Narcissists Finish LastBy Adam Hoffman | November 15, 2016 | 0 comments
According to a new study, narcissists start out popular—but eventually, people see through them.
Some of us are just better at making friends than others. When thrown into new social situations, certain individuals effortlessly ascend in popularity, while the less gregarious among us struggle to make connections.
But new psychological research offers some insight into this pattern—and it’s good news for people who take awhile to warm up to.
Researchers found that those who display narcissistic qualities such as excessive self-confidence and charm are able to quickly win friends, but they have a hard time maintaining this popularity over time. Meanwhile, those with high levels of emotional intelligence are slow to make friends, but they eventually build larger networks. Popularity, it seems, is just a classic story of the tortoise and the hare.
“Since I was a high school student, it’s always puzzled me why people who are selfish, full of themselves, and not prosocial are so popular,” says Anna Czarna, a psychologist at Jagiellonian University in Krakow, Poland, and lead author of the study.
Previous experiments had linked narcissism with initial popularity in a group, but the researchers hypothesized that narcissism might be insufficient to built a lasting network. Emotional intelligence, the ability to actually understand and connect with others, might better predict long-term popularity, they hypothesized.
In the experiment, Czarna and her team surveyed 273 incoming college freshmen in 15 study groups that were organized by their university–measuring their levels of narcissism, emotional intelligence, and self-esteem.
The researchers measured narcissism—“a personality trait characterized by excessively positive, underserved self-regard and a constant desire for external self-affirmation”—and self-esteem through a series of personality questions. Then, they tested emotional intelligence —“the ability to perceive, use, understand, and manage emotions”—by having participants analyze different social situations to determine the emotions involved and the most appropriate responses.
After first meeting the other members of their study group, the students were asked to report who they liked the most. Then, after three months of mingling, the students again rated their fellow group members.
The results showed that although more narcissistic individuals tended to quickly win many friends, they were unable to build on their strong first impressions. They had difficulty expanding their social circles as the semester wore on, as compared to less narcissistic students.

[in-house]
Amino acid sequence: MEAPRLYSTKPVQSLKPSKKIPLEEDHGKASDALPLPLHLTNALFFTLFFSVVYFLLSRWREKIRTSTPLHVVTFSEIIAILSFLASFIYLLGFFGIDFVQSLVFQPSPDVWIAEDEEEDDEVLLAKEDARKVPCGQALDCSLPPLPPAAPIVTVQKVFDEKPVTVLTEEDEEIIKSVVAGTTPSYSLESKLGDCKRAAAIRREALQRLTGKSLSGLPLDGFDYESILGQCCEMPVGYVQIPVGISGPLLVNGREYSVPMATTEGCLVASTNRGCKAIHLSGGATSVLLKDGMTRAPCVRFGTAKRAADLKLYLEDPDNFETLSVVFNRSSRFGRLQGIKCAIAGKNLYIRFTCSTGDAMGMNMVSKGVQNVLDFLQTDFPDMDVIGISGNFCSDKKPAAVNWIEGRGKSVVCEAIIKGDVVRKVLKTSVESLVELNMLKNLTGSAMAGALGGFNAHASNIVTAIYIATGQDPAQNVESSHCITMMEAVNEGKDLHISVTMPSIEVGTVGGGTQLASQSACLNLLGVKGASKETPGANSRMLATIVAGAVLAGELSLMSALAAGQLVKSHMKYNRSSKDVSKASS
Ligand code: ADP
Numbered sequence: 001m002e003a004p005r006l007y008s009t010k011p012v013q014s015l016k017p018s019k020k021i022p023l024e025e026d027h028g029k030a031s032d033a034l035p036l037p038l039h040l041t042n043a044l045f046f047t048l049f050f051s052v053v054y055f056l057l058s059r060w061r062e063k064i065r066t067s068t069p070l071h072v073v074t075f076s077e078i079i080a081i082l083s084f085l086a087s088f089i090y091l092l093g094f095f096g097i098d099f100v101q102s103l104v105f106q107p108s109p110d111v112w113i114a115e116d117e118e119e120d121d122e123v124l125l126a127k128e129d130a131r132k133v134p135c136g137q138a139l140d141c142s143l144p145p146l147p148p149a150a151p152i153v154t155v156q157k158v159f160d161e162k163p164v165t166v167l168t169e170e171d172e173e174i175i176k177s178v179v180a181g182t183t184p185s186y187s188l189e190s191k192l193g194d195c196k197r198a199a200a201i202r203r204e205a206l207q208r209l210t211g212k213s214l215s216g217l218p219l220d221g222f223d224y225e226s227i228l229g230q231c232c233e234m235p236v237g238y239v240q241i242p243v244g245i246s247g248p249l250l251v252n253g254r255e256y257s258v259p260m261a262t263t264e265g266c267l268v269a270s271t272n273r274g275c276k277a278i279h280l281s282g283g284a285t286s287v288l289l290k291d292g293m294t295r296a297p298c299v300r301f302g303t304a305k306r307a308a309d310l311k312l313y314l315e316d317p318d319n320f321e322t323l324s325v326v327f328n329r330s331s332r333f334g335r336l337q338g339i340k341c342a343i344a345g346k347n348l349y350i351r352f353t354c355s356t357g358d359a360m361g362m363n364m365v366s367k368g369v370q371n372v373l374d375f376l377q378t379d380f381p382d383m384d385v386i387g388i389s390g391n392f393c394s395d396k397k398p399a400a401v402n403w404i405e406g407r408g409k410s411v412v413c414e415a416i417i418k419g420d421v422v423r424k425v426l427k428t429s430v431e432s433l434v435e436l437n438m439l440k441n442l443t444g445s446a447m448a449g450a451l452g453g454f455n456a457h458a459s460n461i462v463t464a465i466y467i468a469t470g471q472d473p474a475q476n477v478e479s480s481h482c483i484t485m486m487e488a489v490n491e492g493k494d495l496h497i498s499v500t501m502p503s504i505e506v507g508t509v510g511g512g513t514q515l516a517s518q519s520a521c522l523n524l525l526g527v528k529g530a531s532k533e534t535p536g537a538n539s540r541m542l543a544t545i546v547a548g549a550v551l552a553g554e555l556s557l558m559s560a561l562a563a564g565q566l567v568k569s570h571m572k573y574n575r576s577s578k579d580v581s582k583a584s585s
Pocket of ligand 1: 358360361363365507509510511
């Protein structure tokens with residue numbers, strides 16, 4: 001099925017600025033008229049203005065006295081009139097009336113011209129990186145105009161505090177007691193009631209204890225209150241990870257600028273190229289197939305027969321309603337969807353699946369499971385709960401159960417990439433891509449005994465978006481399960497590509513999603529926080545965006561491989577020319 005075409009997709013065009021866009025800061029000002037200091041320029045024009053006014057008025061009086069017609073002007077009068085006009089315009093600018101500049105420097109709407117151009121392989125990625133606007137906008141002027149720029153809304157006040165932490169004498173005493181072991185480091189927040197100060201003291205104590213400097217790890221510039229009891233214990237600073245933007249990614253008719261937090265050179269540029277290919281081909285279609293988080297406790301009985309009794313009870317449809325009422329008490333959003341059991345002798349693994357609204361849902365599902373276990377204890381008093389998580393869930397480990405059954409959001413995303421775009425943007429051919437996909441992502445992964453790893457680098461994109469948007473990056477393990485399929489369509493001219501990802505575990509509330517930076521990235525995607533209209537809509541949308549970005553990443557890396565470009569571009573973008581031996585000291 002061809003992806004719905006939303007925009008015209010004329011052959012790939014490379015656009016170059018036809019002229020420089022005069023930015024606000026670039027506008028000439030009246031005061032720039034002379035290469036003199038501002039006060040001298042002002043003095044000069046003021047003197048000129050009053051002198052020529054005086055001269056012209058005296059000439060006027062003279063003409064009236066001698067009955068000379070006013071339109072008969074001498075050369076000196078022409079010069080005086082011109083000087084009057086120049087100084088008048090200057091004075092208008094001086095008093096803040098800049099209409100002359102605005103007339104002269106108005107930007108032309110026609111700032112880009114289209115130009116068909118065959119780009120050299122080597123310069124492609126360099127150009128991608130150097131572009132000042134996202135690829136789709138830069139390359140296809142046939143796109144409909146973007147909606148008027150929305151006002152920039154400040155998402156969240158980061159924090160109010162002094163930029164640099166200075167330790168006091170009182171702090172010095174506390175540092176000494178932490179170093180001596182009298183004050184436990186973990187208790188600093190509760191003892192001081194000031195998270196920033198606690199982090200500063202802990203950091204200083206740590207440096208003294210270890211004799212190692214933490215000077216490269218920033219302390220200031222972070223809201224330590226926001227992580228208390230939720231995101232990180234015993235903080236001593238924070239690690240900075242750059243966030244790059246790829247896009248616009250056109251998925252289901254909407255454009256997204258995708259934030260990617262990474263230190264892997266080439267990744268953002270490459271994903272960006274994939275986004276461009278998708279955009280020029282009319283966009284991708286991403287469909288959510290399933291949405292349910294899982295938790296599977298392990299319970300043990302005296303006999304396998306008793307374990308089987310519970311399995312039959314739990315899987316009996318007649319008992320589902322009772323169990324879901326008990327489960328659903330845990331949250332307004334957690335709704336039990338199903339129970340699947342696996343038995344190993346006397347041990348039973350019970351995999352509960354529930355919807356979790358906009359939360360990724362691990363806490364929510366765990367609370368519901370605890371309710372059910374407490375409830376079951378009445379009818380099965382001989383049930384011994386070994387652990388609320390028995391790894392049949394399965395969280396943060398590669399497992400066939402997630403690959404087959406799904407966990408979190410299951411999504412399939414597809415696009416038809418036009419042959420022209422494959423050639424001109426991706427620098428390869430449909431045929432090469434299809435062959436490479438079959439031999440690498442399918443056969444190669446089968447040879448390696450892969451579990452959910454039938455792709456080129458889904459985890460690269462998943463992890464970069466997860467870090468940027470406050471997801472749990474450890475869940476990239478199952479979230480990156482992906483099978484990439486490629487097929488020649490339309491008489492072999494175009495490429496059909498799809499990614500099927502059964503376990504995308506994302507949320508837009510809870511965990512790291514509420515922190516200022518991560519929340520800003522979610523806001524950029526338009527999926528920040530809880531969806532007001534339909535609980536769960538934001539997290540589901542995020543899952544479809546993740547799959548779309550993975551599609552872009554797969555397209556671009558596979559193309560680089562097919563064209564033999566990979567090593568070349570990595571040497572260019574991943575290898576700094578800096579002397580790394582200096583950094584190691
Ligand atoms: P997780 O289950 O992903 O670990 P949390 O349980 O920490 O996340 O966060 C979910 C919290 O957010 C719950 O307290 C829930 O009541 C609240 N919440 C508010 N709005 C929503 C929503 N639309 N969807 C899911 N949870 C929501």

“After some time, people get to know the narcissists better and learn about their selfishness, superficial charm, and tendency to exploit others and manipulate them,” says Czarna.
Meanwhile, students with high levels of emotional intelligence made only a few friends at first, but grew their network over time more than those lacking emotional intelligence–eventually surpassing the popularity of the narcissistic students after three months.
“Emotional intelligence is not something that you can see in a person immediately and recognize that they are good at understanding your emotions and your emotional reactions,” says Czarna. “But after some time, there are more opportunities to see their behavior and motivations.”
Each of these findings held even after the researchers accounted for several alternate factors that could explain them, such as self-esteem (which tends to correlate with narcissism) and the tendency for individuals to befriend their friends’ friends.
Indeed, it is possible to improve our emotional intelligence through mindfulness meditation and other trainings that cultivate the skills involved in understanding, analyzing, expressing, and regulating our emotions—and understanding those of others.
In future studies, Czarna hopes to delve deeper into other effects of narcissism and also explore the idea of emotional contagion, or how people influence others with their emotions. For now, however, we can rest assured that the popularity of the narcissists of the world is likely to be short-lived.
“This particular study has a very comforting message, which is that people are able to see through the superficial charm of those who do not have the qualities of a good friend, and that narcissism does not have a lasting effect on popularity.”
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About The Author
Adam Hoffman is a Greater Good editorial assistant.